Epilogue: Termination / Vindication

I suppose by now most who read this know that I got fired from my job at the Apple store in Green Hills back in January.  Don’t cry for me, Argentina. If they hadn’t pushed me I never would have jumped, and it was well past time to fly.

That job got me through several life-changing years, starting with Ann’s decision to move to Oregon back in 2016.  I think I can safely say now I’ve survived that transition and everything that came with and after it.

Time to ‘face the front of the bus’ (as my friend Philo Farnsworth III liked to say).

I’m still sorting out exactly how I will sustain my new-found freedom.   I got that ‘part time summer job’ working at the ball park (more on that here).

And I figured, hell, let’s see if I can collect some unemployment insurance.

Well, umm…. no.  Not so fast.

I started filing for weekly benefits (it’s not a lot, but it is a non-zero sum) within a couple weeks of my termination.  Each week I’d go into the Jobs4TN.gov website and fill out a form and each week it said that my benefits were ‘in progress’ while the department determined my eligibility 

On April 12, I finally received an email from the Department informing me that my benefits had been denied because – according to my former employer – I was discharged for a ‘policy violation.’  Never mind that the policy makes no allowance for the mutual exchange of personal information, the Company had decided I had violated the privacy policy and the Department concurred.  Benefits denied. 

Conveniently, that notice arrived  about an hour before I was to have lunch with Adam, a lawyer friend who had previously offered a bit of counsel on my plight. While we waited for slices of pizza at the Arcade I told him of this latest development and he offered to help me file an appeal.

The first thing Adam did was compose a letter to Apple requesting a copy of my employment record.  He and others have suggested that this is something I’m entitled to, so it seemed reasonable to ask for a copy that might shed some light on exactly what their case against me was.  We sent that request to four different email addresses at Apple. None bounced.  We are still waiting for the file.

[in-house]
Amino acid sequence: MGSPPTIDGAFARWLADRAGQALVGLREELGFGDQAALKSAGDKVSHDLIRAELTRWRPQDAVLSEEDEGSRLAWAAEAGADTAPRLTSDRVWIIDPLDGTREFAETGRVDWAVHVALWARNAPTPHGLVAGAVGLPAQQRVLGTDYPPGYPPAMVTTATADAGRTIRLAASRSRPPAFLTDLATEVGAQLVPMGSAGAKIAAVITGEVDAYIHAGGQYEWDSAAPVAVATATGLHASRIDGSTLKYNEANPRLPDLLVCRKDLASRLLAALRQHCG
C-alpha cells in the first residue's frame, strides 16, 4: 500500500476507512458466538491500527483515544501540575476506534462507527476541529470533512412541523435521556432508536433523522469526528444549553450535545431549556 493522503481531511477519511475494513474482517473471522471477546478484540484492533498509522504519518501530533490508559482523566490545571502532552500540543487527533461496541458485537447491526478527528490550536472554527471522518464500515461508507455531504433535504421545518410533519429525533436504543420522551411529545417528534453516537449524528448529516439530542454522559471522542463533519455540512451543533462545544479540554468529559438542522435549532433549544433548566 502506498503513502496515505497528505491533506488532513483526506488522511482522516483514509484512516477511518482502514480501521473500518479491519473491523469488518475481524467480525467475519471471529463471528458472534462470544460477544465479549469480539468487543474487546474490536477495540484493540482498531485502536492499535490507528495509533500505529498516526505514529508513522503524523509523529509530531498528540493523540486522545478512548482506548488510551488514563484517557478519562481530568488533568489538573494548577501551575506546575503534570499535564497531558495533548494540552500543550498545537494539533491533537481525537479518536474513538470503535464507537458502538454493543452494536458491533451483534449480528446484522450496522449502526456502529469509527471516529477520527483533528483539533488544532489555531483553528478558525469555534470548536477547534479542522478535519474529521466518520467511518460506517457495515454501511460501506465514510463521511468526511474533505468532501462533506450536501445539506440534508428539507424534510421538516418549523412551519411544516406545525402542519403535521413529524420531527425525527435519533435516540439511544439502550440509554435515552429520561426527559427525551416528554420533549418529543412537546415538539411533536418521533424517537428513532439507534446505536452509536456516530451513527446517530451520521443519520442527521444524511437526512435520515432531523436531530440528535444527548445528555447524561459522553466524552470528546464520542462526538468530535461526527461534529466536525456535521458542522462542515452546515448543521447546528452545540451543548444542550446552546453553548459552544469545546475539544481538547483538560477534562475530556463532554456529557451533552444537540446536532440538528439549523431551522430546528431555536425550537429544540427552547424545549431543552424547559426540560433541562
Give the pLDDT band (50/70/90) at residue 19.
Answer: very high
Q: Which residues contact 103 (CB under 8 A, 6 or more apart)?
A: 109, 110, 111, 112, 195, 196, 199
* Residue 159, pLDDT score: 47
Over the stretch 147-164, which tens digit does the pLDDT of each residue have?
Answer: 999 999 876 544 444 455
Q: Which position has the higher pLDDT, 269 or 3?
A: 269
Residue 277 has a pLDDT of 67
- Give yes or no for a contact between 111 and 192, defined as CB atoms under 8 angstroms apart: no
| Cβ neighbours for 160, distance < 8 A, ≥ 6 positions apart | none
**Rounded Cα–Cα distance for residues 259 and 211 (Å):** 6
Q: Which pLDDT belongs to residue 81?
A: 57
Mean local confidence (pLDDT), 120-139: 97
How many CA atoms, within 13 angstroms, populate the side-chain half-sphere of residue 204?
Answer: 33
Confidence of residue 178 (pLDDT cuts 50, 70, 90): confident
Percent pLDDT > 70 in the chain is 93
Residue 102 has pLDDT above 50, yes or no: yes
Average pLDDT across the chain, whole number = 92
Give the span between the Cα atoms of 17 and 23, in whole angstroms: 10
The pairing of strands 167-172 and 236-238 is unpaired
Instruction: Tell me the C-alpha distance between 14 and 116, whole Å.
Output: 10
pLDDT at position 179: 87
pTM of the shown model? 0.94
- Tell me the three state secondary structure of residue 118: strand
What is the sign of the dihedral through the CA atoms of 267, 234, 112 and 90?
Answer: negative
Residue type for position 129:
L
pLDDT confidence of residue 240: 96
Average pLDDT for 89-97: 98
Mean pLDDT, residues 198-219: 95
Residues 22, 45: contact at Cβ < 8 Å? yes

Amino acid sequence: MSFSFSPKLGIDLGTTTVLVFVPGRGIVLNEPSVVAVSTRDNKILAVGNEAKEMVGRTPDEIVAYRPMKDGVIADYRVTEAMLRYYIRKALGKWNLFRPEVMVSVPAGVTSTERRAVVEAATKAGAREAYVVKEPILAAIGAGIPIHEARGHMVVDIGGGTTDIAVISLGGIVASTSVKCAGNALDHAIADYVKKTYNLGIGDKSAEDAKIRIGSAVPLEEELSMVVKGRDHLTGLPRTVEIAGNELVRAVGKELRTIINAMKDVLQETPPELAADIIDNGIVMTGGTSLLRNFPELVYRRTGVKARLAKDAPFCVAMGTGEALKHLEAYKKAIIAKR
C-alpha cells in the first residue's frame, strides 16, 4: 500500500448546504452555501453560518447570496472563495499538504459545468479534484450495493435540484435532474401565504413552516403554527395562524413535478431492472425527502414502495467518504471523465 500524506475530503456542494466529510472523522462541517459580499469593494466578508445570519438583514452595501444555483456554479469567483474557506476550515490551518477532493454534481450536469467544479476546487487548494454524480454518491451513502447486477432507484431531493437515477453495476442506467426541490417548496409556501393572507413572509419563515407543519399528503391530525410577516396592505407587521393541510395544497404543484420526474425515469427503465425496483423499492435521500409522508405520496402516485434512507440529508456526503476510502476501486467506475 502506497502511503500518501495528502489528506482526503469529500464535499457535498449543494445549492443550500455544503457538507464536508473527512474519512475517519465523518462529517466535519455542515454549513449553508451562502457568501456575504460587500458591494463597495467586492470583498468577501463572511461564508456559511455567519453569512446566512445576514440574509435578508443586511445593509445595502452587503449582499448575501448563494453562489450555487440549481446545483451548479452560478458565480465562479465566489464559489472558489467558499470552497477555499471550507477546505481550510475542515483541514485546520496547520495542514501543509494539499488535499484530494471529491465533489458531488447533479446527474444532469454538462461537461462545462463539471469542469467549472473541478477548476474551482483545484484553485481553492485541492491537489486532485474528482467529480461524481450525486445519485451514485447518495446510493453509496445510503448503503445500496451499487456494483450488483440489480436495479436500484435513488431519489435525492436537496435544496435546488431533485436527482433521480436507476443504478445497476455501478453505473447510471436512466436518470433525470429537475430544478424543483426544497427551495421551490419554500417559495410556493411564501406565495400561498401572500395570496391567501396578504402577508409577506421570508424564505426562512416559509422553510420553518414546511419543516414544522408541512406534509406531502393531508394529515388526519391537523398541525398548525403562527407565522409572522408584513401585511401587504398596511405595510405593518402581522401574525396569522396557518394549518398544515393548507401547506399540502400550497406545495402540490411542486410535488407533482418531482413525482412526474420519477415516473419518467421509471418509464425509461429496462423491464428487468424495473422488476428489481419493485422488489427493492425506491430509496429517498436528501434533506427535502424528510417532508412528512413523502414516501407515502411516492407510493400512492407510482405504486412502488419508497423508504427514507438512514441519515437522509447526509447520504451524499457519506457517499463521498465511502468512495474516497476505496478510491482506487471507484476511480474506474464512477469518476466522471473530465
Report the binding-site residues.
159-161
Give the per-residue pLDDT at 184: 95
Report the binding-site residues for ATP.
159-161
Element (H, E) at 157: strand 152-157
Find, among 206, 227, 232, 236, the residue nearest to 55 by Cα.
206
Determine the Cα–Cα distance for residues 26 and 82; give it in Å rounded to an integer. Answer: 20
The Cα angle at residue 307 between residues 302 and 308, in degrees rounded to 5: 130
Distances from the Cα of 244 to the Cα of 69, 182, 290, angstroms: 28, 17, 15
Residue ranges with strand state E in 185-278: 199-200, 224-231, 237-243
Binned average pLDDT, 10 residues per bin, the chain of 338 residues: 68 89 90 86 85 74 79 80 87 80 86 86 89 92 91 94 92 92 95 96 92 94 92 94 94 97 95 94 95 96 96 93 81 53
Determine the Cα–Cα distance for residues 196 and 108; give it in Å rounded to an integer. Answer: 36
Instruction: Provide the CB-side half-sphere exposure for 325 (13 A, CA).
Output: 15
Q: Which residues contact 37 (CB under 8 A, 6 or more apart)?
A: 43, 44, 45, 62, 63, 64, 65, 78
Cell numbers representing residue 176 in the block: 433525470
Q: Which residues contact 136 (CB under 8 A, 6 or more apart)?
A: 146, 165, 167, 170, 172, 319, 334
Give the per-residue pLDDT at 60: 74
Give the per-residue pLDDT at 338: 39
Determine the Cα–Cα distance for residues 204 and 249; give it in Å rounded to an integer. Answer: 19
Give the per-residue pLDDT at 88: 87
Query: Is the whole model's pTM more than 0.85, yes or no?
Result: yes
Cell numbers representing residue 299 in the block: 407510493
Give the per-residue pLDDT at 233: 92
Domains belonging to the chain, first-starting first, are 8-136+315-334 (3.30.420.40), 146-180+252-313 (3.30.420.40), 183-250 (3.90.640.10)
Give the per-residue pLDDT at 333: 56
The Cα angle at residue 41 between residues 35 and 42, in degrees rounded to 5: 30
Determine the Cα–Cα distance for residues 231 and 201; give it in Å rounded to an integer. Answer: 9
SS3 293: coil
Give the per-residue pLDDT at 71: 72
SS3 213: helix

Meanwhile, Adam looked up the case law and highlighted all the clauses that showed that the policy was sufficiently vague in this instance, and my record was sufficiently clean after five-plus years of employment that the termination was unjustified.  We filed the appeal on April 15 and a telephone hearing was scheduled for May 4.

Apple has some liability here. I don’t know how much of the benefit they have to pay but it’s not nothing,  so they have the right to make their case for why I was justifiably terminated.  But somebody has to show up to the ‘hearing’ and make that case.

At 8:00 AM on May 4 Adam and I got on the phone with the hearing officer, a cordial-but-crisp woman named April that Adam kept deferring to as ‘your honor.’   We waited a few minutes for a representative from Apple to come on the line.  Then we all went on hold and waited another 15 minutes.

When we all got back on the call, it was still just three of us.

Adam then staged a virtual courtroom scene, effectively putting me on a virtual witness stand and asking me some questions about my employment history,  my understanding of the Company’s privacy policy and the circumstances with The Woman In Question.  The appeal officer listened and asked a few questions of her own.  Fifteen minutes later she said she would make her decision by the end of the week.

It didn’t take a week.  By the end of the day I received an email informing me that the prior decision had been reversed:

The employer has not proven by the weight of the credible evidence that the claimant committed work-related misconduct, as meant by Tenn. Code Ann. § 50-7-303(a)(2). Therefore, the claimant is eligible to receive unemployment insurance benefits

Two days later two grand showed up in my bank account.

Another funny thing: the day of the hearing and decision, I needed to go to the Green Hills Mall to order some new eye glasses – the first time I’d been to the Mall since I was fired.  I confess, I felt a little bit like gloating.  I looked over the second floor balcony in to the store where I’d worked for the past five years and watched the familiar activity within.

Nope, not missing it.

I am grateful for the time I had there.

I am more grateful that it is over.

Now then, time to ride the bus in the direction that it is going